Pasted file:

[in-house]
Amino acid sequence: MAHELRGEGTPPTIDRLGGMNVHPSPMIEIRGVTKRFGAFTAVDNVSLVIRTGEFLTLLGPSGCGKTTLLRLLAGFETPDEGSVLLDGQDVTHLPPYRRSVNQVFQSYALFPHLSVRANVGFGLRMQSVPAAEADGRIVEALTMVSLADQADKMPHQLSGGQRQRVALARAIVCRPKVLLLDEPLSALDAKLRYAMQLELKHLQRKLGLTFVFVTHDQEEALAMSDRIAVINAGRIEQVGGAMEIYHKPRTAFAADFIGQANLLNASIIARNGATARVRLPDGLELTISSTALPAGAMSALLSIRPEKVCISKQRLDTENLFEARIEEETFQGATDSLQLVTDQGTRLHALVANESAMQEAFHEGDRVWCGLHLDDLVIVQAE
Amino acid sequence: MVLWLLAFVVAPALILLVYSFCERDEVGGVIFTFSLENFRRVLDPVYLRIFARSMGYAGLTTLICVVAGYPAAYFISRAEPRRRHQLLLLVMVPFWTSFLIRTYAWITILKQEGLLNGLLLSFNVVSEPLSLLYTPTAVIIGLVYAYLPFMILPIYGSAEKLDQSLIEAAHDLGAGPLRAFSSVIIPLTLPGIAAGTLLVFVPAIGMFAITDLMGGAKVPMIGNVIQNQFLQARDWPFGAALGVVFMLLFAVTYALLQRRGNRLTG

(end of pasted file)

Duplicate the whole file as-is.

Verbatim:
[in-house]
Amino acid sequence: MAHELRGEGTPPTIDRLGGMNVHPSPMIEIRGVTKRFGAFTAVDNVSLVIRTGEFLTLLGPSGCGKTTLLRLLAGFETPDEGSVLLDGQDVTHLPPYRRSVNQVFQSYALFPHLSVRANVGFGLRMQSVPAAEADGRIVEALTMVSLADQADKMPHQLSGGQRQRVALARAIVCRPKVLLLDEPLSALDAKLRYAMQLELKHLQRKLGLTFVFVTHDQEEALAMSDRIAVINAGRIEQVGGAMEIYHKPRTAFAADFIGQANLLNASIIARNGATARVRLPDGLELTISSTALPAGAMSALLSIRPEKVCISKQRLDTENLFEARIEEETFQGATDSLQLVTDQGTRLHALVANESAMQEAFHEGDRVWCGLHLDDLVIVQAE
Amino acid sequence: MVLWLLAFVVAPALILLVYSFCERDEVGGVIFTFSLENFRRVLDPVYLRIFARSMGYAGLTTLICVVAGYPAAYFISRAEPRRRHQLLLLVMVPFWTSFLIRTYAWITILKQEGLLNGLLLSFNVVSEPLSLLYTPTAVIIGLVYAYLPFMILPIYGSAEKLDQSLIEAAHDLGAGPLRAFSSVIIPLTLPGIAAGTLLVFVPAIGMFAITDLMGGAKVPMIGNVIQNQFLQARDWPFGAALGVVFMLLFAVTYALLQRRGNRLTG